Search papers

Free movement of persons within the EU:
An update


In the continuing debate about the UK’s relationship with the EU there has been repeated mention of the rules relating to free movement of persons. In particular, there have been questions about the UK’s own management of free movement inside the EU; about the interaction between EU free movement policies and the UK’s own immigration policies; and about how free movement operates with the European Economic Area (EEA) and with Switzerland.

This paper sets out what action the UK could take within EU law to restrict free movement of persons if it remained a member of the EU. It also looks at the differences which exist between free movement in the EU and free movement with the EEA/Switzerland and the extent to which provisions in the EEA Agreement can be used to restrict free movement of persons.

This paper builds on the SEE briefing, Free Movement of Persons: What the EU Rules Permit Now, published in July 2018.


Migration to the UK: Current trends

The most recent statistics (November 2018) show that net migration to the UK (that is, the difference between the numbers arriving and those leaving) has declined since its peak in 2016. Net migration with the rest of the EU is at its lowest since 2012 but non-EU net migration is at its highest level since 2004.1 In terms of numbers, net EU migration was 74,000 in 2017/18 (and is on a declining trend), compared to 248,000 for non-EU net migration (which is on a rising trend) over the same period.2

The Migration Advisory Committee (MAC), an independent body which reports to the Home Secretary, has examined the impact of EU/EEA migration in the UK. It found that migration from the EU15 (that is, countries already in the EU in 2004) rose after the financial crisis but now seems to be falling. From the EU8 (the Member States that joined in 2004 except Cyprus and Malta3), migration rose sharply after 2004 but peaked in 2010 and has been falling since. Migration from Bulgaria and Romania, the two newest EU Member States, may also have peaked. The MAC study suggests that the fall in EU/EEA migration may be due in part to rising levels of wages in Bulgaria, Romania and Poland compared to the UK and also to the fall in the value of sterling.

The following graph, published by the Office for National Statistics, shows how EU migration has fallen and non-EU migration has risen:

Net migration by citizenship, UK, year ending June 2008 to year ending June 2018 (Thousands)

Chart by Visualizer

Source: Office for National Statistics, 2018

The figures clearly show a fall in EU migration to the UK since the 2016 referendum. The MAC study suggests that this may be partly due to the fall in UK economic growth from amongst the fastest in the G7 leading economies before the referendum to the slowest since.4 Migrants may be going to other Member States where real wages are higher than in the UK, such as Germany. In addition, the number of people in the new Member States wanting to migrate is limited and there are no large poorer countries waiting to join the EU.5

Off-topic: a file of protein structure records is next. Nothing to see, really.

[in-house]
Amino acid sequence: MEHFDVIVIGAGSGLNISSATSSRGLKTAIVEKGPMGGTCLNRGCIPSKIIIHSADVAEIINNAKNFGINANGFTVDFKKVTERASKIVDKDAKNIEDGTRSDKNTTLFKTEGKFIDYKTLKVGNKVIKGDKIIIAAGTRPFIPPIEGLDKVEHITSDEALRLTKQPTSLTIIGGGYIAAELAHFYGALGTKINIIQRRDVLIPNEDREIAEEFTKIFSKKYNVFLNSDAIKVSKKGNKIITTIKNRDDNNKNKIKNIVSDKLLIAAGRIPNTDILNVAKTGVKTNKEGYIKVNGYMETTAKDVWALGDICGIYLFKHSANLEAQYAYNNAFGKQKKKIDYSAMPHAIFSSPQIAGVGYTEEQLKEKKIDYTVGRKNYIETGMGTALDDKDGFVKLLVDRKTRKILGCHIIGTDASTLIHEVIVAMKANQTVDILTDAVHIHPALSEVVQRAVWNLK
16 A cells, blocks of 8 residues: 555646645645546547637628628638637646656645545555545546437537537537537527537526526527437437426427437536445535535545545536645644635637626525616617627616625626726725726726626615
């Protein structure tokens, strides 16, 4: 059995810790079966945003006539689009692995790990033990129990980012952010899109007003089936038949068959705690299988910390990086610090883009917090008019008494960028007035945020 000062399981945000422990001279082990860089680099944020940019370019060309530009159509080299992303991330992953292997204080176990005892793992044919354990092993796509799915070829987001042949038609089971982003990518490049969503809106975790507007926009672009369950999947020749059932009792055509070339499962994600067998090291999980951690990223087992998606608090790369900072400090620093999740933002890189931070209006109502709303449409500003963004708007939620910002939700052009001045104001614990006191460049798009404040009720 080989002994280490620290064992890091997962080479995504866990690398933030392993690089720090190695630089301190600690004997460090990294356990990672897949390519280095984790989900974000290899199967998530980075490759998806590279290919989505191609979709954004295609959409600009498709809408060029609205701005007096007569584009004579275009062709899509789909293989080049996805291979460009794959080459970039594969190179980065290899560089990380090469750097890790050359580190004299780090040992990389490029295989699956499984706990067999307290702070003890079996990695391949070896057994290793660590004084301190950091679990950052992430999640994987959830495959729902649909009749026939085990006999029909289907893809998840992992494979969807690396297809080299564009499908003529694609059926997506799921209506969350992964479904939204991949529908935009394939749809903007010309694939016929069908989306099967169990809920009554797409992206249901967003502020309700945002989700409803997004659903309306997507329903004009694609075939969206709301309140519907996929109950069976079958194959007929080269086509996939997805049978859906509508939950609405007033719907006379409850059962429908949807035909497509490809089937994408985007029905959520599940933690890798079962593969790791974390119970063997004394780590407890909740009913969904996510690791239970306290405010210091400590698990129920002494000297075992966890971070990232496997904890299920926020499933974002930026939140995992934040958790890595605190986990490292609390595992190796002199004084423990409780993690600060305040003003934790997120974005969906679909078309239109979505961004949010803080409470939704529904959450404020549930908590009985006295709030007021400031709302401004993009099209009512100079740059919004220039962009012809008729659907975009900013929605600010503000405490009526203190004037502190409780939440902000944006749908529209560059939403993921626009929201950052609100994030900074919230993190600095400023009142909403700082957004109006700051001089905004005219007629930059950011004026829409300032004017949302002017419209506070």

Migration flows are also responsive to exchange rate fluctuations. The sharp fall in the value of sterling since the 2016 referendum has made the UK a less attractive destination for EU migrants, especially those who would have been working in lower-income occupations.6


EU free movement rules

The EU’s free movement rules can be summarised as follows:

  • every citizen of an EU Member State has the right to live, work, study or retire in any other Member State, subject to certain rules;
  • to meet the rules, after three months, they must either be in employment, self-employment, a job seeker with a serious prospect of finding work, a student or somebody who is self-sufficient (i.e. has an income of their own, perhaps a pension);
  • this basic right also applies to citizens of Norway, Iceland, Liechtenstein (the EEA countries) and also to Switzerland [see below];7
  • this right is linked to the right of establishment, which enables EU citizens to operate a business in any Member State, and social security rules which ensure that an EU citizen’s right to certain benefits (e.g. pensions) are protected whichever Member State they work in;
  • the right is also linked to the principle of equal treatment, that is, an EU citizen living in another Member State must be treated as if they are a national of that country in fields such as employment and education;
  • there is no automatic right to claim benefits and those who do not comply with the rules, including abiding by the laws of the Member State where they reside, can be deported.

Further details of the current system are set out the July 2018 SEE paper. The EU legislation, the Citizens Rights Directive, was adopted in 2004 and the UK regulations which implement the EU law in the UK date from 2016.8


The EEA/Switzerland free movement rules

The three EEA countries and Switzerland also operate free movement of people with the EU as an integral part of their agreements; indeed, the EEA Agreement uses almost exactly the same language on free movement as appears in the EU treaties.9 The same rights to social security, to work self-employed and to establishment, mean that the EEA/Switzerland free movement provision mirrors that in the EU.

Attention has been drawn in recent months to the safeguard clauses in the EEA Agreement, with the suggestion being made in the UK that such clauses can be used to provide an “emergency brake” to stop free movement. The safeguard clauses in Articles 112-114 of the EEA Agreement are not specifically about free movement of people. Article 112 says that an EEA country can suspend part of the agreement because of “serious economic, societal or environmental difficulties of a sectorial or regional nature liable to persist”.

This clause has only been used twice and only on one occasion in connection with the free movement of people. That was in 1995 when Liechtenstein invoked the safeguard clause to ensure that an interim agreement with the EEA on restricting free movement to the country could remain in force while discussions continued about a long-term replacement. The EEA did agree to permanent restrictions on free movement of people to Liechtenstein but only because it is a tiny country of 37,000 people, half the size of the Isle of Wight and vulnerable to sudden influxes of people.10 The EEA Agreement had to be changed to do this because Article 112 says that any suspension of part of the agreement must be for a short duration and be limited in scope to what is necessary to remedy the situation.11